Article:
We aimed to further validate the vasoactive-ventilation-renal score as a predictor of outcome in patients recovering from surgery for congenital heart disease. We also sought to determine the optimal time point within the early recovery period at which the vasoactive-ventilation-renal score should be measured.Methods:
We prospectively reviewed consecutive patients recovering from cardiac surgery within our intensive care unit between January 2015 and June 2015. The vasoactive-ventilation-renal score was calculated at 6, 12, 24, and 48 hours postoperatively as follows: vasoactive-ventilation-renal score = ventilation index + vasoactive-inotrope score + Δ creatinine [change in serum creatinine from baseline*10]. Primary outcome of interest was prolonged hospital length of stay, defined as length of stay in the upper 25%. Receiver operating characteristic curves were generated, and areas under the curve with 95% confidence intervals were calculated for all time points. Multivariable logistic regression modeling also was performed.Results:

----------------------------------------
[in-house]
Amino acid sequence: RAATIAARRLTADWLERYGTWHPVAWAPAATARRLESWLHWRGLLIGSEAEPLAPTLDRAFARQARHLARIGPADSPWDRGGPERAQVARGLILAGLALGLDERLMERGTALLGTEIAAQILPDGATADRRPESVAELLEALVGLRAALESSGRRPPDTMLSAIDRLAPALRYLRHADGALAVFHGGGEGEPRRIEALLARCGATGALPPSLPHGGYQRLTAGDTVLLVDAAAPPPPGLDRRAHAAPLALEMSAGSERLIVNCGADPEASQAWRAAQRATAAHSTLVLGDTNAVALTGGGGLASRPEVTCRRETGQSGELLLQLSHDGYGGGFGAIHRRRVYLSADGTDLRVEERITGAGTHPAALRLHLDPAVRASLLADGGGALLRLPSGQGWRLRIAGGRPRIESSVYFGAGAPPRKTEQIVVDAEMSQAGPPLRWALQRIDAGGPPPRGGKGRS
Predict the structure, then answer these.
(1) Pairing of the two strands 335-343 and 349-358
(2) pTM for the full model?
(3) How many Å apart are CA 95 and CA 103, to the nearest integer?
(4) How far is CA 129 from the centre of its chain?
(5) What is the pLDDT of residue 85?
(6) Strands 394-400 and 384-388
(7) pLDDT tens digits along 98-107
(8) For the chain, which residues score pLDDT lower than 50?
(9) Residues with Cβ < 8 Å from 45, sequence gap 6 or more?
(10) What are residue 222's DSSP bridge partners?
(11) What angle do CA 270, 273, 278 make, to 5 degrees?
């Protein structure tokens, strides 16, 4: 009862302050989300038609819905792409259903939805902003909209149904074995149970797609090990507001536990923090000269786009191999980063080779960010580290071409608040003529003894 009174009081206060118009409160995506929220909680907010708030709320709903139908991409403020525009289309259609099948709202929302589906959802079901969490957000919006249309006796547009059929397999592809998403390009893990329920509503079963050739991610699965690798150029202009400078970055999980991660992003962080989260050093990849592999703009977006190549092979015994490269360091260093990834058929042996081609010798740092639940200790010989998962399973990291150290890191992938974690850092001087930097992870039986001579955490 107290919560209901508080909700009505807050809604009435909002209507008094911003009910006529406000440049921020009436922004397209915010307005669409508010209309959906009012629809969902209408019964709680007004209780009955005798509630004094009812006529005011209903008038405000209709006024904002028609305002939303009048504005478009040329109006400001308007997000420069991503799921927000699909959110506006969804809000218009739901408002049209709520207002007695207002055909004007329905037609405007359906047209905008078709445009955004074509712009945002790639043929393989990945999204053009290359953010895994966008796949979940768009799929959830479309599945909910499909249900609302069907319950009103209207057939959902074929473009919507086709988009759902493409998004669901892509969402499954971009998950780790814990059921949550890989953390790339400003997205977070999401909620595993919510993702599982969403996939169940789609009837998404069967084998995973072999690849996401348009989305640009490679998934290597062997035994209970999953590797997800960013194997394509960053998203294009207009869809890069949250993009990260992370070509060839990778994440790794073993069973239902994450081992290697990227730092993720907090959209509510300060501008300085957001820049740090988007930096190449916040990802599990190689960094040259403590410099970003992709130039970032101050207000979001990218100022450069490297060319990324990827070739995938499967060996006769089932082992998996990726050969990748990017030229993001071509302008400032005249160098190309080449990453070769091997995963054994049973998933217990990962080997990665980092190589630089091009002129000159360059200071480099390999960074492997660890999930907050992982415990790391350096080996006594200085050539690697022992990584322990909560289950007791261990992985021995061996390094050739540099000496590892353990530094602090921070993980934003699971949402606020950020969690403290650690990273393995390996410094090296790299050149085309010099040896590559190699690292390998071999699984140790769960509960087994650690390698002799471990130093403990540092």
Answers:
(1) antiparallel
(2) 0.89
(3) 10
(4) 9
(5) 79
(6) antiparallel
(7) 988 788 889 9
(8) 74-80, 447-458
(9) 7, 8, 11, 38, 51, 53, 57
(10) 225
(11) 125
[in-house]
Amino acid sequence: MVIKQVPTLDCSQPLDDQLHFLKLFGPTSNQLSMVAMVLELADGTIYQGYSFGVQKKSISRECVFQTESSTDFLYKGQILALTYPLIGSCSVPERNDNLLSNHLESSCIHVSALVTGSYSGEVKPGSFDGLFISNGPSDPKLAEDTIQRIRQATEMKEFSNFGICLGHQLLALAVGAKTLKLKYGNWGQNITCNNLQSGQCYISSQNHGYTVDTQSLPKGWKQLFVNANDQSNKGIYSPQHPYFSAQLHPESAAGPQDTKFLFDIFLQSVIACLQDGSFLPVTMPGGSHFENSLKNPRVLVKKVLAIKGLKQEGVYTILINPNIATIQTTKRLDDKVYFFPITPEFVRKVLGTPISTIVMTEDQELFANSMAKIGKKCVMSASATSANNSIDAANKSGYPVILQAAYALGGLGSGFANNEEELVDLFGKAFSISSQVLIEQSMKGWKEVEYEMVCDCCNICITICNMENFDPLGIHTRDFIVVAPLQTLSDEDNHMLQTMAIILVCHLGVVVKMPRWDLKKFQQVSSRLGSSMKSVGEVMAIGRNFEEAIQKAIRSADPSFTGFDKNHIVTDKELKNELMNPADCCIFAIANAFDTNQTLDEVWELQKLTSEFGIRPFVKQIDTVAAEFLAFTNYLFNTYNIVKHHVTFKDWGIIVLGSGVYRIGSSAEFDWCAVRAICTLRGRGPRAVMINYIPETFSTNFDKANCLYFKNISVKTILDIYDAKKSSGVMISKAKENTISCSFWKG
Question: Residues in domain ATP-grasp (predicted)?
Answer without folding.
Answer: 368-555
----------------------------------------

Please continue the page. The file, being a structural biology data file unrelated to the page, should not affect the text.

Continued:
We reviewed 164 patients with a median age of 9.25 months (interquartile range, 2.6-58 months). Median length of stay was 8 days (interquartile range, 5-17.5 days). The area under the curve value for the vasoactive-ventilation-renal score as a predictor of prolonged length of stay (>17.5 days) was greatest at 12 hours postoperatively (area under the curve = 0.93; 95% confidence interval, 0.89-0.97). On multivariable regression analysis, after adjustment for potential confounders, the 12-hour vasoactive-ventilation-renal score remained a strong predictor of prolonged hospital length of stay (odds ratio, 1.15; 95% confidence interval, 1.10-1.20).Conclusions:
In a heterogeneous population of patients undergoing surgery for congenital heart disease, the novel vasoactive-ventilation-renal score calculated in the early postoperative recovery period can be a strong predictor of prolonged hospital length of stay.